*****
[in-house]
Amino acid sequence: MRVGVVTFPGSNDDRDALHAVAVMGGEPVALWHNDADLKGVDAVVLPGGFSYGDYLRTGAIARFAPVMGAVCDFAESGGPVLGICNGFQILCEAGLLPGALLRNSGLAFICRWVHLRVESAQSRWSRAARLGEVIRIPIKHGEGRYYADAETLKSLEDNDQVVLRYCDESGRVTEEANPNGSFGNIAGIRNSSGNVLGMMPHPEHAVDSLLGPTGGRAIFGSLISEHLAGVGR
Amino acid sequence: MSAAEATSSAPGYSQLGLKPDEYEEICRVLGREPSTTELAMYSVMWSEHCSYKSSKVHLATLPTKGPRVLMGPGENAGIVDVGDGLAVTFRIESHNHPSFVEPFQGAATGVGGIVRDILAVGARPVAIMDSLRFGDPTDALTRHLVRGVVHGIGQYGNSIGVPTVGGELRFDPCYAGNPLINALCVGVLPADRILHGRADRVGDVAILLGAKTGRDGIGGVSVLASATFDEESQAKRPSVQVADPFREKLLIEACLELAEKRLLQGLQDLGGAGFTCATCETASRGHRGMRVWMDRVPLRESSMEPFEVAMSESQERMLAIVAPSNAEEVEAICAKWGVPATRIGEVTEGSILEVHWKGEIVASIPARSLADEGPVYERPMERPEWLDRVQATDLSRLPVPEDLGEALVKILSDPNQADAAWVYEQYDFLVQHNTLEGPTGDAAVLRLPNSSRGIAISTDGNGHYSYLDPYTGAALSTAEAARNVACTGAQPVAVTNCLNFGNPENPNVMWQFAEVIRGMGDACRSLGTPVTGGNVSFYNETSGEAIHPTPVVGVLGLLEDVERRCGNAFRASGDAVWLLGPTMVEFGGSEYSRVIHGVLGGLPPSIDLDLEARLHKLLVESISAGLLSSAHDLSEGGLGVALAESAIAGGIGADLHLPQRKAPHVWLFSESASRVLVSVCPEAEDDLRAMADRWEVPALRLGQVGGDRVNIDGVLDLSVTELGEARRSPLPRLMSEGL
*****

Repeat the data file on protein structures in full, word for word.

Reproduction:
[in-house]
Amino acid sequence: MRVGVVTFPGSNDDRDALHAVAVMGGEPVALWHNDADLKGVDAVVLPGGFSYGDYLRTGAIARFAPVMGAVCDFAESGGPVLGICNGFQILCEAGLLPGALLRNSGLAFICRWVHLRVESAQSRWSRAARLGEVIRIPIKHGEGRYYADAETLKSLEDNDQVVLRYCDESGRVTEEANPNGSFGNIAGIRNSSGNVLGMMPHPEHAVDSLLGPTGGRAIFGSLISEHLAGVGR
Amino acid sequence: MSAAEATSSAPGYSQLGLKPDEYEEICRVLGREPSTTELAMYSVMWSEHCSYKSSKVHLATLPTKGPRVLMGPGENAGIVDVGDGLAVTFRIESHNHPSFVEPFQGAATGVGGIVRDILAVGARPVAIMDSLRFGDPTDALTRHLVRGVVHGIGQYGNSIGVPTVGGELRFDPCYAGNPLINALCVGVLPADRILHGRADRVGDVAILLGAKTGRDGIGGVSVLASATFDEESQAKRPSVQVADPFREKLLIEACLELAEKRLLQGLQDLGGAGFTCATCETASRGHRGMRVWMDRVPLRESSMEPFEVAMSESQERMLAIVAPSNAEEVEAICAKWGVPATRIGEVTEGSILEVHWKGEIVASIPARSLADEGPVYERPMERPEWLDRVQATDLSRLPVPEDLGEALVKILSDPNQADAAWVYEQYDFLVQHNTLEGPTGDAAVLRLPNSSRGIAISTDGNGHYSYLDPYTGAALSTAEAARNVACTGAQPVAVTNCLNFGNPENPNVMWQFAEVIRGMGDACRSLGTPVTGGNVSFYNETSGEAIHPTPVVGVLGLLEDVERRCGNAFRASGDAVWLLGPTMVEFGGSEYSRVIHGVLGGLPPSIDLDLEARLHKLLVESISAGLLSSAHDLSEGGLGVALAESAIAGGIGADLHLPQRKAPHVWLFSESASRVLVSVCPEAEDDLRAMADRWEVPALRLGQVGGDRVNIDGVLDLSVTELGEARRSPLPRLMSEGL